There have been a couple of dismaying milestones in the last few days. India now is reporting over 90,000 new cases in a single day. To put that number into context, only 34 countries in the world have more than 90,000 cases in total. After two days (180k cases) only 23 companies have more cases, and after three days (270k cases) only 19 countries have more cases in total. India has now overtaken Mexico and has the second highest number of cases in the world, with only the US having more.
Of course, let’s not forget that India has a population of 1.38 billion people. Only China is larger. Talking about which, if we are to believe China’s stated number of virus cases, India has more cases every day now than China has reported in total (85,122 cases). So India is still way down on the case rate per million people, but quickly climbing that list too.
The other milestone no longer seems all that unusual. The world total case count passed through another million mark on Saturday (27 million). It will be over 28 million by the time I write Thursday’s diary entry.
A positive milestone, too. Earlier today I published a new pre-release of my Covid-19 book, now with the working title “The Covid Survival Guide”. The first 181 pages are now available in pre-release form for Travel Insider Supporters – they still need more editing, but the overall manuscript is starting to take shape. I’m targeting a 1 October release on Amazon.
The major new section added is about managing your risk in a workplace environment.
The Vatican City is now not only no longer on the top ten list of minor countries, but has dropped down to 13th place, and with Israel rising rapidly to challenge it for that position in the next week. (No, I’m not going to riff on the thought of a “battle” between Israel and the Vatican!)
Brazil continues to catch up with the US, and the two are now very close in case counts – 19,496/million for the US and 19,440 for Brazil. We should pause to think about those numbers for a minute – 2% of the US population has now had a recorded case of Covid-19. One in every 50 people – including some Travel Insiders.
Spain is now back up to sixth place.
Brazil is also climbing up the death rate list, while Sweden continues to drop. The US is inching closer to Italy, and maybe within a week will have passed it.
Top Case Rates Minor Countries
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Top Case Rates Major Countries
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|10||Saudi Arabia||Saudi Arabia|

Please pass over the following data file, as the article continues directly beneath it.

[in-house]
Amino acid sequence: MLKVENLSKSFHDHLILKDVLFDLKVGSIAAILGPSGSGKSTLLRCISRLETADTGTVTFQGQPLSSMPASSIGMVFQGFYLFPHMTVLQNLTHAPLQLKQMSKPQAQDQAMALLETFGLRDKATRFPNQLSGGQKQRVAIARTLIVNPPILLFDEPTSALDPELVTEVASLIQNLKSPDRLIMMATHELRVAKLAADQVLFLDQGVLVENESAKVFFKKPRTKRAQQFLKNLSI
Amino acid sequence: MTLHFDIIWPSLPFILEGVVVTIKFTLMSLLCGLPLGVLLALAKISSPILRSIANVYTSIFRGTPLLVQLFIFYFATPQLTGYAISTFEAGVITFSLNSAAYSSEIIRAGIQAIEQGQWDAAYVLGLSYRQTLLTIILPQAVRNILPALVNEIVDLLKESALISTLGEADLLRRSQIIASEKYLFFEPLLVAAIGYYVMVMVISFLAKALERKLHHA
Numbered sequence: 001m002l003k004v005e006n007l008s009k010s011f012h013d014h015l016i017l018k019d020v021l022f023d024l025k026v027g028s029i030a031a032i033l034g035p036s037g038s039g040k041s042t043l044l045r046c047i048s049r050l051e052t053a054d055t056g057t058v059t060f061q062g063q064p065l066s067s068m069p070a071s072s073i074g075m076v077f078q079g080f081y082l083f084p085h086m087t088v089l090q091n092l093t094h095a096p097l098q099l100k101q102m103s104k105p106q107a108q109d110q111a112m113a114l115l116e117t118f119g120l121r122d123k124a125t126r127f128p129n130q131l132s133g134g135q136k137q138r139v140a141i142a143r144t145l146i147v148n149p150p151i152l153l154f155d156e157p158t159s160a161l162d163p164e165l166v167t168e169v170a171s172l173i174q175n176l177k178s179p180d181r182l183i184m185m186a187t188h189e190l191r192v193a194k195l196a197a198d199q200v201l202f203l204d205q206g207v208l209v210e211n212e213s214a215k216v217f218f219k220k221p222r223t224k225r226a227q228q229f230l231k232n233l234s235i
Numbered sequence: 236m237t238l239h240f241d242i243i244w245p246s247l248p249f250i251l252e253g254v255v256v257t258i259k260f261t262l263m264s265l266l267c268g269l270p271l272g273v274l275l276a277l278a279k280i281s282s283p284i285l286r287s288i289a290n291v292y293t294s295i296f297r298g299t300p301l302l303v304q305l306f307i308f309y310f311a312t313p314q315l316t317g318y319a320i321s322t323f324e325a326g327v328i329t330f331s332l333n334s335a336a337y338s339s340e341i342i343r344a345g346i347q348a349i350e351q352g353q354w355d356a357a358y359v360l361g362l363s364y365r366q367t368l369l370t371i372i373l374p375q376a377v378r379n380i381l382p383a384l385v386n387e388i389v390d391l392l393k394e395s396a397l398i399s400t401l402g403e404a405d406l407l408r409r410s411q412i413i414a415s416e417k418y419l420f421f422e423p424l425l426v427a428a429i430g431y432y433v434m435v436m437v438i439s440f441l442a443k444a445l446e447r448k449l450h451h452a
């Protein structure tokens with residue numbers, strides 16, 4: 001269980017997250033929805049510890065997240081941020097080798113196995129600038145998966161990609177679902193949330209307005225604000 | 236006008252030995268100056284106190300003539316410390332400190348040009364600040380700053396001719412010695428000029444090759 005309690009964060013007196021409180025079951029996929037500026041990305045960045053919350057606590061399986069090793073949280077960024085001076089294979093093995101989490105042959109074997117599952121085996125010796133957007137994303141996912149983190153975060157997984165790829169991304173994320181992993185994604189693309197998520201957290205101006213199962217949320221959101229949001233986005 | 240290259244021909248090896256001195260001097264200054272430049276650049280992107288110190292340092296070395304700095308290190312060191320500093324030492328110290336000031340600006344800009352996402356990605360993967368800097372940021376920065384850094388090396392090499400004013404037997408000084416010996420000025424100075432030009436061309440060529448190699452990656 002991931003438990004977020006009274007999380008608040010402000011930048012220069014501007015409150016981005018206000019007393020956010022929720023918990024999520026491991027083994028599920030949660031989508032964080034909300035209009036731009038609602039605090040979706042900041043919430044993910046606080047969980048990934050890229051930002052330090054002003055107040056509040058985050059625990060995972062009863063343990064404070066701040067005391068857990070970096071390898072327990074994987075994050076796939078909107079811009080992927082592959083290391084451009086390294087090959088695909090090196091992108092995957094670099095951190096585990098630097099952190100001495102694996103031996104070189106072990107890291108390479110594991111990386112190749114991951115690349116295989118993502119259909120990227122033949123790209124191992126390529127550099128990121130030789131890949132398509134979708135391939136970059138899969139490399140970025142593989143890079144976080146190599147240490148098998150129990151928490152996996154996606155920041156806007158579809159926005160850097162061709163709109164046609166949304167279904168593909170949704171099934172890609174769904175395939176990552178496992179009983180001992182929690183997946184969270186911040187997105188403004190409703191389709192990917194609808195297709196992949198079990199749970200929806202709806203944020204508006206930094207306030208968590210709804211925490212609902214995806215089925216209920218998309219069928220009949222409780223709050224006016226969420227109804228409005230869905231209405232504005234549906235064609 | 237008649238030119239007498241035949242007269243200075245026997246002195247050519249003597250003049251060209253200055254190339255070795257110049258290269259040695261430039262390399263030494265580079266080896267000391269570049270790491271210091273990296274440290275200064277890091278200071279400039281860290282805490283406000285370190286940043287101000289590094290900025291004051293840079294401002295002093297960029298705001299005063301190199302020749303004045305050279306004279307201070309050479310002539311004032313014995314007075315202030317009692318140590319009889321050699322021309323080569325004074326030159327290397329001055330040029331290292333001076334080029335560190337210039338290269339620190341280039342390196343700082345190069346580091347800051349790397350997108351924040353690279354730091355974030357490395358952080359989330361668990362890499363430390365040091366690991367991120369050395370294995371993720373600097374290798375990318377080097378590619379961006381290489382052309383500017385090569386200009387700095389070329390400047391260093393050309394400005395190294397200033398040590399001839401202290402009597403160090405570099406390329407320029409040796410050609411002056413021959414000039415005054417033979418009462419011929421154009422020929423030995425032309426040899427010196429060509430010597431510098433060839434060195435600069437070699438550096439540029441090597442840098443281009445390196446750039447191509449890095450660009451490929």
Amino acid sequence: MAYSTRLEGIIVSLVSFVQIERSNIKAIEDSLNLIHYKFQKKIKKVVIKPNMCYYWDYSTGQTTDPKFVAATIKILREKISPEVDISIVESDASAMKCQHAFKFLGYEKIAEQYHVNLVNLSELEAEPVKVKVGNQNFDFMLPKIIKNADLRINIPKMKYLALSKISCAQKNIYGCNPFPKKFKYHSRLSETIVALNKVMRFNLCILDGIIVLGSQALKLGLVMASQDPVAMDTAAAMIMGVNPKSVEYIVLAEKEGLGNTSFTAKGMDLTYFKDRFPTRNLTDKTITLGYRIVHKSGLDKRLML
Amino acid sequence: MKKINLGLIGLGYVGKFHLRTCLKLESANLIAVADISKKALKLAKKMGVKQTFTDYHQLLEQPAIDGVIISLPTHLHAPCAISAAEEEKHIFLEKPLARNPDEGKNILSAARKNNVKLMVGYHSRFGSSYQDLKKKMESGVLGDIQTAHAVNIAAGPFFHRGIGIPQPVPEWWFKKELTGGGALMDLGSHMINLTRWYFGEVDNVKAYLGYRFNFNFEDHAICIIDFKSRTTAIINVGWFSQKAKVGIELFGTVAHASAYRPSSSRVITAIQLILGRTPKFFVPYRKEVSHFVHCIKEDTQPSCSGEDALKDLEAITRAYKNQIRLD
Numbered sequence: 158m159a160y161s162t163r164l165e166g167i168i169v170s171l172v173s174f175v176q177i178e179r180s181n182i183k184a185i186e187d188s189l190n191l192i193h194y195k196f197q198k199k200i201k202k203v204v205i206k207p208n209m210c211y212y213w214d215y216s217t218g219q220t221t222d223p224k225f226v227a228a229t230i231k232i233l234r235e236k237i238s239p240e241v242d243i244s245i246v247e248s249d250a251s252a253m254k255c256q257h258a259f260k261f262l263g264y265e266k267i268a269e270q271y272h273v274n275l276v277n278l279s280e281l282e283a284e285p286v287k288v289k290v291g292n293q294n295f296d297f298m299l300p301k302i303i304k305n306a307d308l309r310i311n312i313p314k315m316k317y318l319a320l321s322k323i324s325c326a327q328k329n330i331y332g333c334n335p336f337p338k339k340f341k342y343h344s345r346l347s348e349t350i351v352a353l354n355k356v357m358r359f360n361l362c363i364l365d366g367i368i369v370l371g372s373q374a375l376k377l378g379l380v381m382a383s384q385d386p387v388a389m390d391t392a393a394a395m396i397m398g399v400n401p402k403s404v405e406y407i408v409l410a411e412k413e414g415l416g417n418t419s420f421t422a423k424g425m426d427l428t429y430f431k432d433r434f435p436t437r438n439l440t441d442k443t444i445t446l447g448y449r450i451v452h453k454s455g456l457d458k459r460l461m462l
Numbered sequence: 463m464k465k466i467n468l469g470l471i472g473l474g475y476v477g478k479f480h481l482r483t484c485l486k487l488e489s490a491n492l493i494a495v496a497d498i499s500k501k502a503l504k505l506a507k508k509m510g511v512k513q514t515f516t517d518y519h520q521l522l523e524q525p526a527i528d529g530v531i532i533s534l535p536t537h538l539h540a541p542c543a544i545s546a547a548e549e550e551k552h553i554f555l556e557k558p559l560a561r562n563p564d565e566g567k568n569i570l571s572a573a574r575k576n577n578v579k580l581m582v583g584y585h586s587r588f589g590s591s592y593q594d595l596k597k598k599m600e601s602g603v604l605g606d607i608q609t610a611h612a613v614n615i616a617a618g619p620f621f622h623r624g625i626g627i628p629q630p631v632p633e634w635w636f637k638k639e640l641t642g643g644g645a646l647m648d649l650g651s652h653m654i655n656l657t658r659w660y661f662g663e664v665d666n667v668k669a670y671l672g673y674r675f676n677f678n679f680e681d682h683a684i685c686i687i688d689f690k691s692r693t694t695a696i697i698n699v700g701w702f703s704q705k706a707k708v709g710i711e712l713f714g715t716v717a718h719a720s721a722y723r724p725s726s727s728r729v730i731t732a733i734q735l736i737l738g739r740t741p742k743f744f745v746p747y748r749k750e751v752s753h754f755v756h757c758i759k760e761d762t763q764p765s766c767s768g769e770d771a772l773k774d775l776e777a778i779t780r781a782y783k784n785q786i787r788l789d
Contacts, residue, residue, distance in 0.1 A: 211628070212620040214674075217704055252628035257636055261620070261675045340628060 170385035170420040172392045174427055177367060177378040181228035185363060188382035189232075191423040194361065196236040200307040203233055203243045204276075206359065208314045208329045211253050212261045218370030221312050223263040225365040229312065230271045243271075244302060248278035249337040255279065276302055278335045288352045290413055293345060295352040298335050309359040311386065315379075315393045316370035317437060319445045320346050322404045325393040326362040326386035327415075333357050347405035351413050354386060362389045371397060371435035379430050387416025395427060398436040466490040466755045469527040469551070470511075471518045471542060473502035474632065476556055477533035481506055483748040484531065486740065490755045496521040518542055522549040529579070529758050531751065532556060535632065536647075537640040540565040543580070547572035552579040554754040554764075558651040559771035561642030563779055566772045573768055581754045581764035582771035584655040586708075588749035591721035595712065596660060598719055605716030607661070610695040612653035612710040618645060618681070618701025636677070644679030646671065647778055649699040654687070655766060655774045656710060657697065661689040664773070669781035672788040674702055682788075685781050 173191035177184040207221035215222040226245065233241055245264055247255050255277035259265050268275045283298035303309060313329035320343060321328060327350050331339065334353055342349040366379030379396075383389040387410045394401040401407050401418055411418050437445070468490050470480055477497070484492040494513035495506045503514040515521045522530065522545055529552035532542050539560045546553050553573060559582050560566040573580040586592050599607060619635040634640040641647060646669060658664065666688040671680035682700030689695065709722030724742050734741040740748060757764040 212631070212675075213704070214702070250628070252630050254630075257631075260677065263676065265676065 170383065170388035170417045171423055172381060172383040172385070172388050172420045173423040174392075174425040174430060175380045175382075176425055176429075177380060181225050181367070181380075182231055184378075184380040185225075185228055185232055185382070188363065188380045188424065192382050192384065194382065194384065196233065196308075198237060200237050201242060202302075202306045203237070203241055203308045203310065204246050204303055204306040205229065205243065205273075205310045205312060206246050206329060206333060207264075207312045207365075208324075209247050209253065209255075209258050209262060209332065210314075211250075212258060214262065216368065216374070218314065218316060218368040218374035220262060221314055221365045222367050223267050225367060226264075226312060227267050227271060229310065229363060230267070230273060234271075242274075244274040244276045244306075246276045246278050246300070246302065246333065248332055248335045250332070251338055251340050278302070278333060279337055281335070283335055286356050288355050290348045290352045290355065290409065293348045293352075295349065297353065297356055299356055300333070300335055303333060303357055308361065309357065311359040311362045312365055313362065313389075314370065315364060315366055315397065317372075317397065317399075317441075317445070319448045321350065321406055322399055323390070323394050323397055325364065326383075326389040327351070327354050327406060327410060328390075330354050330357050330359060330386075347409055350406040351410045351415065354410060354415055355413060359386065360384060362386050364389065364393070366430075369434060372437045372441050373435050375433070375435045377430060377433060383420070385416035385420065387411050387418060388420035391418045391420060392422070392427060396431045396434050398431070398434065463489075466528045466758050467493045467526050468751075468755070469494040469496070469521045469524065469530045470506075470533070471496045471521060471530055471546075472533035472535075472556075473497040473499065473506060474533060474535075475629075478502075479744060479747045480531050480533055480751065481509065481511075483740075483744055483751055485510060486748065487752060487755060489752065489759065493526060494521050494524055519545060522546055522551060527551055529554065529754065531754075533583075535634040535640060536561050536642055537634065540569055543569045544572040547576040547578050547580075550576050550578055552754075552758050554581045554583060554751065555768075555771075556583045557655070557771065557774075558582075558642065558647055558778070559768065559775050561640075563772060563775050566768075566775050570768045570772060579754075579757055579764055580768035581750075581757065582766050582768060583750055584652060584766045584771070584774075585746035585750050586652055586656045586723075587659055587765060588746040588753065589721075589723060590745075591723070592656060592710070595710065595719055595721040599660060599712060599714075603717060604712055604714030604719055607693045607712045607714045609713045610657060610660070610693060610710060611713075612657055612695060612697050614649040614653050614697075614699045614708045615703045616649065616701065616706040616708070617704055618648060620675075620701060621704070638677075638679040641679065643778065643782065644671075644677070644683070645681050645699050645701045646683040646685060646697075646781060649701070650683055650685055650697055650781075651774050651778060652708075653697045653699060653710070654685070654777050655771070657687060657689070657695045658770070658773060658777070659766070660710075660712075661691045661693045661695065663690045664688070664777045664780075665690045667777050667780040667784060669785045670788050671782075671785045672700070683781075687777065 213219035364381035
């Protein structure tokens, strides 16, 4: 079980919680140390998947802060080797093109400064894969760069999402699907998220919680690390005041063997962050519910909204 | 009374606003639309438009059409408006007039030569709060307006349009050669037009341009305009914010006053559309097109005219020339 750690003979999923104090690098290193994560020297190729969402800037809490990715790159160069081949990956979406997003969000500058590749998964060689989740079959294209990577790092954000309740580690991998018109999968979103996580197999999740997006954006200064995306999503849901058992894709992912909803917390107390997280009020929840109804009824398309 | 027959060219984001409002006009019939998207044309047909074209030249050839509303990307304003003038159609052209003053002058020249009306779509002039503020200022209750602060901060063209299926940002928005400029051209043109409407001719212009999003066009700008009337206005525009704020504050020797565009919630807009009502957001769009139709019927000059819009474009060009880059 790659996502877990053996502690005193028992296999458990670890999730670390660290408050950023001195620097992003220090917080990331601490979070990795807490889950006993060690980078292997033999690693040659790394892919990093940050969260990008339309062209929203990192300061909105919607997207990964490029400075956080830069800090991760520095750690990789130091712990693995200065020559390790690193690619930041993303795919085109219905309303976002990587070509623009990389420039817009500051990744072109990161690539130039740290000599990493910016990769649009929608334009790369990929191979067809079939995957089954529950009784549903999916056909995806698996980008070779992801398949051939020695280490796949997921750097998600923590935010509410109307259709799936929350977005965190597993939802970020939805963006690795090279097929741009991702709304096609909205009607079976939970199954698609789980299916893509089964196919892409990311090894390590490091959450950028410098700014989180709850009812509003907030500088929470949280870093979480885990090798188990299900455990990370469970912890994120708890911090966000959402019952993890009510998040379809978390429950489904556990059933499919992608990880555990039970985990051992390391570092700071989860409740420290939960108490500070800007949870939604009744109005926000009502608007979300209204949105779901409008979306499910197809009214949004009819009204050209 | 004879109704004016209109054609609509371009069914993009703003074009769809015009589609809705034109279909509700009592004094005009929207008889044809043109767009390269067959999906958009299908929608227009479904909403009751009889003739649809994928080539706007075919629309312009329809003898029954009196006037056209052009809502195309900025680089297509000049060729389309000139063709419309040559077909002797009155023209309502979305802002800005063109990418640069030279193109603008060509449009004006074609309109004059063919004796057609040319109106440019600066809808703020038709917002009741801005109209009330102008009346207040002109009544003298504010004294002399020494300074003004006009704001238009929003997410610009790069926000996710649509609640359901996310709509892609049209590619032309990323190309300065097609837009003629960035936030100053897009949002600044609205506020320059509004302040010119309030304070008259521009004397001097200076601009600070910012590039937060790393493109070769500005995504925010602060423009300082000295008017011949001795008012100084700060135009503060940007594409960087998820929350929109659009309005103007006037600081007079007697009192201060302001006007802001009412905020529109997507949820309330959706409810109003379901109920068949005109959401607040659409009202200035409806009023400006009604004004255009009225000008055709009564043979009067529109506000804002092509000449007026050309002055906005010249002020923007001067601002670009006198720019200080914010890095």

Top Death Rate Major Countries
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I Am Not a Doctor, But….
It is truly tragic that the topic of hydroxychloroquine remains controversial. Lives are being needlessly lost every day. The scientific peer-reviewed evidence is overwhelmingly supportive of using the drug – this site shows a massive preponderance of positive articles in favor of HCQ. Its opponents necessarily ignore all the positive studies and focus in on one or two negative studies, also ignoring the flaws invariably present in such negative articles and their flawed findings.
Here’s an excellent commentary on the matter by a Yale Professor of Epidemiology. I was particularly convinced by his point about what happened in Switzerland when it stopped generally administering HCQ, and then what happened again when it restarted, and all his points are excellent.
Here’s another study on another possible treatment – Ivermectin, which seems to be slowly gathering steam and acceptance as an encouraging drug to use in early case treatment. Fortunately for us all, President Trump hasn’t mentioned this drug and so there’s less of a clamor to turn our backs on it. The linked study isn’t the most rigorous or convincing of studies, and if taken alone would not be strongly persuasive, but it is in line with other studies and so strengthens the case for ivermectin.
And here’s a puzzling story about a “mystery” drug. Favipiravir was briefly a subject of great hope, but seemed to then fade away again. The linked article wonders why that was.
Talking about mysteries, here’s an article on the topic of espionage and spying in the race to be first with a vaccine. We don’t mind so much the spying, what alarms us most of all is another element of this wild and crazy race – the potential to cut corners and cheat.